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Entering the 40th Year in Martial Arts - A Kung-Fu Journey

Ken75Thirty-nine years ago today, I attended my first martial arts class. My teacher was Grandmaster Sin The of Lexington, Kentucky. I was 20 years old and had been inspired by the Kung-Fu TV show and Bruce Lee's "Enter the Dragon."

Sin The taught Shaolin-Do Karate. It was kung-fu, but he called it karate because, I believe, he thought Americans knew the term. We wore karate gis and had a colored belt system. It was only years later that I realized how strange that was.

For the first three weeks, we learned all basics -- no kata. Our basics included:

--How to make a fist.

--How to keep the wrist locked with first two knuckles out.

--How to shuto (karate chop) behind the ear and by the neck. This is one of the instances where karate terms were used instead of kung-fu terms.

--How to punch using a twisting action.

We also learned side kicks, back thrust kicks, how to step using a straight punch, how to use a reverse punch, the roundhouse kick and various blocking techniques.

I would go back to my dorm at Eastern Kentucky University and practice stepping, punching, and kicking -- over and over again, at least an hour each day.

I was hooked.

Thirty-nine years ago today, the Bruce Lee craze was in full swing. Suddenly, you could open a martial arts school and you would have students waiting to join. Kung-Fu movies played at theaters all the time.

Sin The's school was a converted garage in the rear of a shopping center in Eastland, a neighborhood in Lexington. On the evening of my first class, the room was so full of students, they spilled out onto the driveway. I was one of the students outside, listening, trying a punch, trying a kick, learning a little bit about this mysterious art.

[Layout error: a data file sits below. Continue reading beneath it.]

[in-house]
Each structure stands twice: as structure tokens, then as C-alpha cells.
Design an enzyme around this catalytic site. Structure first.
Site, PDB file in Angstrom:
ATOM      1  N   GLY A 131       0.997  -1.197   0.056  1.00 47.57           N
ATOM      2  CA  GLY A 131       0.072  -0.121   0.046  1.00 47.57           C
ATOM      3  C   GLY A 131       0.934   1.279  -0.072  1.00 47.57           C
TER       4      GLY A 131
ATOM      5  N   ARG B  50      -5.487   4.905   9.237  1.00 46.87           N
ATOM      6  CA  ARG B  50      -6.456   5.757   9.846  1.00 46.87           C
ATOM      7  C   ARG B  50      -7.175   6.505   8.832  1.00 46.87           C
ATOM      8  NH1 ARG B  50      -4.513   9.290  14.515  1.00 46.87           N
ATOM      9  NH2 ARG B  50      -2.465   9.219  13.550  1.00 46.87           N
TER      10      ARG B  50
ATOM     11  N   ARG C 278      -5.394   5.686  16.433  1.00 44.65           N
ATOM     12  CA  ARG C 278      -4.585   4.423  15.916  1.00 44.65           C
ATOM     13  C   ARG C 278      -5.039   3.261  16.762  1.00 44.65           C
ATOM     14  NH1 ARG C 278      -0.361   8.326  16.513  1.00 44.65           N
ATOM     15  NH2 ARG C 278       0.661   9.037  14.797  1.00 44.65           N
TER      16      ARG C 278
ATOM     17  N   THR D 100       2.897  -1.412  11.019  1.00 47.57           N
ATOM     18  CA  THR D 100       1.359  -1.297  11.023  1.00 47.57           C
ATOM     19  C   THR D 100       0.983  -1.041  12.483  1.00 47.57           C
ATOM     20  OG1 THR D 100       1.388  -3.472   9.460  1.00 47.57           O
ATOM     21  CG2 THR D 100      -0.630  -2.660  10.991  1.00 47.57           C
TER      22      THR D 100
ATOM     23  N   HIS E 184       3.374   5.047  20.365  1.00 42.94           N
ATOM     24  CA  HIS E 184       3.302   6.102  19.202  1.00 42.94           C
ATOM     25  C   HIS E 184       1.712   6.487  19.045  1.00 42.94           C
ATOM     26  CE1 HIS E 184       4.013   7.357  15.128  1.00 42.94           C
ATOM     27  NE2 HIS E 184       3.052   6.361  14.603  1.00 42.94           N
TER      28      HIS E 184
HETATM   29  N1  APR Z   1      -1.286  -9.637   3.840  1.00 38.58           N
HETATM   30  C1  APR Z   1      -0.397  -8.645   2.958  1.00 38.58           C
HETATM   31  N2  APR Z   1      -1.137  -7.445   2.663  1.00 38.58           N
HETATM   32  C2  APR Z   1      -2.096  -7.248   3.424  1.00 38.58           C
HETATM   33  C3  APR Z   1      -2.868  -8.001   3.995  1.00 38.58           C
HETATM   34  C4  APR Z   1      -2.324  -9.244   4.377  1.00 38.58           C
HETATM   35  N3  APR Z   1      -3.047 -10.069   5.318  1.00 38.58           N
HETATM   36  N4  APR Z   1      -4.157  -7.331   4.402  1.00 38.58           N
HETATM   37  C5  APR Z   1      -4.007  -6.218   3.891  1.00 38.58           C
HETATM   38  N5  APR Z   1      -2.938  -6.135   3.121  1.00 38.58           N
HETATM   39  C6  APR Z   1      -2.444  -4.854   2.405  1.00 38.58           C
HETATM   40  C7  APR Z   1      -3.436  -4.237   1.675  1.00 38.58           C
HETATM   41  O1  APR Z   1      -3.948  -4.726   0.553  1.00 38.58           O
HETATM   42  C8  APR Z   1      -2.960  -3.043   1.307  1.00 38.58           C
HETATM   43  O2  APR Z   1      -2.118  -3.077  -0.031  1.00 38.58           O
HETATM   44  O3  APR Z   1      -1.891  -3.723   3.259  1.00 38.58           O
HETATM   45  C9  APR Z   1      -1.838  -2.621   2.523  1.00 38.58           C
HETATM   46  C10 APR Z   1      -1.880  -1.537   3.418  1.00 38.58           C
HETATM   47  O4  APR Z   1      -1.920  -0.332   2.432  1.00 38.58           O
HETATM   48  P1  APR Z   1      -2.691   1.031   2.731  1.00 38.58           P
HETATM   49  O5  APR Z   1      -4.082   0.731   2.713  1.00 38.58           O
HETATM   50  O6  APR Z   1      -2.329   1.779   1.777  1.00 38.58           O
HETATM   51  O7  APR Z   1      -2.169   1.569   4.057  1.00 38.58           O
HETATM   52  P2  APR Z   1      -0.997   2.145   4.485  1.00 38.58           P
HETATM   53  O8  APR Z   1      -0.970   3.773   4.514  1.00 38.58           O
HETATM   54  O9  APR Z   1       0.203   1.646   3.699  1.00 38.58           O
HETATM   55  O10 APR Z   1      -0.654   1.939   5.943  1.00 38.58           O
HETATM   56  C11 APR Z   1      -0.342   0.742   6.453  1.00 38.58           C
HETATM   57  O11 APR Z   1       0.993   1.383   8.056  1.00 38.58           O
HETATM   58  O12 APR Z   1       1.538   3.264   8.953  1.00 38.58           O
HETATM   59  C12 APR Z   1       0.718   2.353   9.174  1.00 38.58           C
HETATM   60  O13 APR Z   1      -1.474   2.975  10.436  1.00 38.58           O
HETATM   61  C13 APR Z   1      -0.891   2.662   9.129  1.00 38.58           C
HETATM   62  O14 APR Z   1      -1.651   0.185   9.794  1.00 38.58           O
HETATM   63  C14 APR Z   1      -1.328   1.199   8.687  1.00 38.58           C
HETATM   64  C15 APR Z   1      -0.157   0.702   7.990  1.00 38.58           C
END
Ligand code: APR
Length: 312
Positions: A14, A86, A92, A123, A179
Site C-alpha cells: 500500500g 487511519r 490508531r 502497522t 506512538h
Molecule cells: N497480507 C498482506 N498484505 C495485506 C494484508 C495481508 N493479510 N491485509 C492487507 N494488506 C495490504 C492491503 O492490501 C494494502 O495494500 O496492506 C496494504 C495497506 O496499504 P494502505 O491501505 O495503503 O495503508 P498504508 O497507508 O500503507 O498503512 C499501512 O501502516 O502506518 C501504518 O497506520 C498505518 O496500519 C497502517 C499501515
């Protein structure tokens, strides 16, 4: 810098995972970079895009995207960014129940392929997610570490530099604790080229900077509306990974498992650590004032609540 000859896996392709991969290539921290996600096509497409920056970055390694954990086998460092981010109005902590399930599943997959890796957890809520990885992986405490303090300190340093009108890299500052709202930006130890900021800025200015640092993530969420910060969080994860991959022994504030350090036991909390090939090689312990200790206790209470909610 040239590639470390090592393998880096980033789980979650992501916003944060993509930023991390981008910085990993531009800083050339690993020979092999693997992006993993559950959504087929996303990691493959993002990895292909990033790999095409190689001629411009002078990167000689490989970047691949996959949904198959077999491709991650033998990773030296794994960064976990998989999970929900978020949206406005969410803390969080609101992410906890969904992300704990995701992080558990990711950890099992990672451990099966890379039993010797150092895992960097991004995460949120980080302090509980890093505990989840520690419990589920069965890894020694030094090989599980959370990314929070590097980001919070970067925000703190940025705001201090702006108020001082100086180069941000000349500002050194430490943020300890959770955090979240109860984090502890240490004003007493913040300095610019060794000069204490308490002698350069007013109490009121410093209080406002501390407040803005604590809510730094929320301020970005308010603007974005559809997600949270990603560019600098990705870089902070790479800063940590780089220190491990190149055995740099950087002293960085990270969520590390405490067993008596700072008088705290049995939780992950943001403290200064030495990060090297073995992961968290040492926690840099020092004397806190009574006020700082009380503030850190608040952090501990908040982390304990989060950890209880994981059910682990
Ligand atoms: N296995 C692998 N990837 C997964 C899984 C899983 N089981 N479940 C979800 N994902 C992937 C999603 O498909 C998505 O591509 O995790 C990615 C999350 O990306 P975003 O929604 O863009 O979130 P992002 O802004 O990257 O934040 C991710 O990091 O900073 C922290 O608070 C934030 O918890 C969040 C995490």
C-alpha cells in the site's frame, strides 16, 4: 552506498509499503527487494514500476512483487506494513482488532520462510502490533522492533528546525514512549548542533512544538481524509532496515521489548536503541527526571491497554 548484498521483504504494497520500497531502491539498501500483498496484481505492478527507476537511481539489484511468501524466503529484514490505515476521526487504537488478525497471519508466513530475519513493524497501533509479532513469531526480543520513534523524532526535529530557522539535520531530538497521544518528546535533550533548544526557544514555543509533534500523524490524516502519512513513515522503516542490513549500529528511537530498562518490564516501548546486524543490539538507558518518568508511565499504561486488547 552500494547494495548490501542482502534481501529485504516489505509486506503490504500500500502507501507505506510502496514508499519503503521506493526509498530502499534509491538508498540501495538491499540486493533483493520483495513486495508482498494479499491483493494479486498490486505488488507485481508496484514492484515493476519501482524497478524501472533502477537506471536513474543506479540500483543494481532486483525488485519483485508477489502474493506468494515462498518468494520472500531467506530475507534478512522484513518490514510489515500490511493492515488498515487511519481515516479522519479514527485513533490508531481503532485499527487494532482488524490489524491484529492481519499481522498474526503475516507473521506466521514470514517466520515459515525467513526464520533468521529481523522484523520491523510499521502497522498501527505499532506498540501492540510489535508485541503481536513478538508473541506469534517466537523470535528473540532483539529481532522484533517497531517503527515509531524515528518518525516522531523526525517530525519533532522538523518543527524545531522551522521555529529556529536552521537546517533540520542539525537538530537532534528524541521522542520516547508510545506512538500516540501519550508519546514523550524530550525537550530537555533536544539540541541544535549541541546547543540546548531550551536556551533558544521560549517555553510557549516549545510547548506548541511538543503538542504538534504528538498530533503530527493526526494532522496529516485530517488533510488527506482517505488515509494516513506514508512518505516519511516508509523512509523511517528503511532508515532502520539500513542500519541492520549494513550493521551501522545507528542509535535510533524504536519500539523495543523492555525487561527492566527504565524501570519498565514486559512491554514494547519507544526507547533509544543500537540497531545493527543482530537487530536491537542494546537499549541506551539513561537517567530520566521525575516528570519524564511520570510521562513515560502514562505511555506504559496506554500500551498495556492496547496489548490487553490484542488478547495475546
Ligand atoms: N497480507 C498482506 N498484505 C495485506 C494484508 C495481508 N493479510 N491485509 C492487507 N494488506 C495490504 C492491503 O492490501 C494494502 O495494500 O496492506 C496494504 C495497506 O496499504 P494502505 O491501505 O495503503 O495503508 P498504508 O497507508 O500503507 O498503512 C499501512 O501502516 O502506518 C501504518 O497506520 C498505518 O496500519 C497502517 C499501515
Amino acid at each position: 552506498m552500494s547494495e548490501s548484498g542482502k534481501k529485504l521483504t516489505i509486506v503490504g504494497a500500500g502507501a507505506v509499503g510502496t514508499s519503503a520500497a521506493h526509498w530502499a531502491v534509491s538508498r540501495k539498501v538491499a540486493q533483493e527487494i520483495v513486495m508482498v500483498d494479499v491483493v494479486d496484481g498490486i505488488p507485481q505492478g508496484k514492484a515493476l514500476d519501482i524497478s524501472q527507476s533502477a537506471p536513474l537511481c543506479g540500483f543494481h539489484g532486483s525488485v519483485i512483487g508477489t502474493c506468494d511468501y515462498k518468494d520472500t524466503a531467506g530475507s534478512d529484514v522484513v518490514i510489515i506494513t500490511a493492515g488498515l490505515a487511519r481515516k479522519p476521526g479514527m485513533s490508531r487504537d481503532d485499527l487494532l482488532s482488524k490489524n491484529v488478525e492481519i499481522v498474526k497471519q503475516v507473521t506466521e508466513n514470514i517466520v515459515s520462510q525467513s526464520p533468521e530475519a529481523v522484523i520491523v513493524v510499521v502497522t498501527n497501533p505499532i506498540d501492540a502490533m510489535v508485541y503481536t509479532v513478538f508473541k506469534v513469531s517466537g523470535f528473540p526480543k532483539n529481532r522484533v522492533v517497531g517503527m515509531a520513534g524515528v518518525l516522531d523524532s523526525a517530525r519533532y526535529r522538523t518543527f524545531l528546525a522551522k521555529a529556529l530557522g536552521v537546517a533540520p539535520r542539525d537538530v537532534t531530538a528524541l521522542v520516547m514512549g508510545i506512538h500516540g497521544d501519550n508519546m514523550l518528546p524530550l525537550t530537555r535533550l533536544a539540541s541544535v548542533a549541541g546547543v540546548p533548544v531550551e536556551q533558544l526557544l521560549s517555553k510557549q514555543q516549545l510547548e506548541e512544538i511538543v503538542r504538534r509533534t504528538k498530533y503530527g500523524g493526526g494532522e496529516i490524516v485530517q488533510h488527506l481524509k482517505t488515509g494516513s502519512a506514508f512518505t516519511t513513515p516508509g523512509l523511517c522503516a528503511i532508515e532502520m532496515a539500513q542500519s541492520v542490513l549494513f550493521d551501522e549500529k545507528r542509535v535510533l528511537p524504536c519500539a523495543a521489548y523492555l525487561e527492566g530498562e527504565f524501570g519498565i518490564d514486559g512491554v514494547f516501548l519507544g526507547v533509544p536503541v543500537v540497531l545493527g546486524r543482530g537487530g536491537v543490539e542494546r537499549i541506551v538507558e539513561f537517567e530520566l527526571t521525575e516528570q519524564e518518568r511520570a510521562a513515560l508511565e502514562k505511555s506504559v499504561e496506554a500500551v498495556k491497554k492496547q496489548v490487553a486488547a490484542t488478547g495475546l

Not as many students returned the next time, but it was still crowded. Sin The became very successful and at his most successful, he opened a large fitness center with an indoor running track and rooms where he held his classes.

I earned a brown belt over a period of a couple of years, then attended a couple of tournaments in Ohio. That was a serious no-no. We were NOT allowed to attend "outside" tournaments. Sin The held his own tournaments for his students only. He had so many, the crowd would fill up a high school gymnasium.

But when I went to Ohio in 1975, I saw martial artists that blew me away, especially the kung-fu performers. I saw quality that I hadn't seen before. At that point, I left Sin The and began sampling other arts. Even in my early 20s, I possessed a willingness not to invest too much emotion into my teachers. I learned that as soon as you put your teacher on a pedestal, you are treading on thin ice.

And it was strange that in two years of hard studying, I can't remember one single conversation Sin The had with me -- no words of encouragement and no personal coaching of my movements. I would see other students who barely tried achieve the same ranking that I received. It made me realize that you didn't have to be good to earn a higher belt.

I worked hard anyway, and by the time I got the brown belt, I was one of his best brown belts. But by that time, the skeptic in me had emerged and I left the school.

I studied Taekwondo and then Wushu before I discovered the internal arts in 1987. One of my teachers closed shop and left town with pre-paid student money (from contracts), and I believe that same teacher stole my wedding ring when I set it down one night so I wouldn't injure other students. One of my teachers enjoyed hurting his students. Another teacher said he created his style after speaking to a disembodied Voice in an empty room for two or three days. The Voice outlined his style and he began teaching it.

Never put your teacher on a pedestal, no matter how high a "master" you perceive them to be. That's one lesson I can teach you after 39 years.

But I'm still hooked on martial arts as I start my 40th year. I still have a lot to learn. Time has taken it's toll on my body but it hasn't quenched my thirst for knowledge, and I still work to get better every day. What can be better than that?



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Chen 38 Form - 173 Self-Defense Applications in 38 Moves

Ken-Gullette-Chen-38-TaijiI love the Chen 38 taiji form. Oh yeah, you can say that it's not as satisfying as Xinjia Yilu, but it's still a beautiful and fairly short form.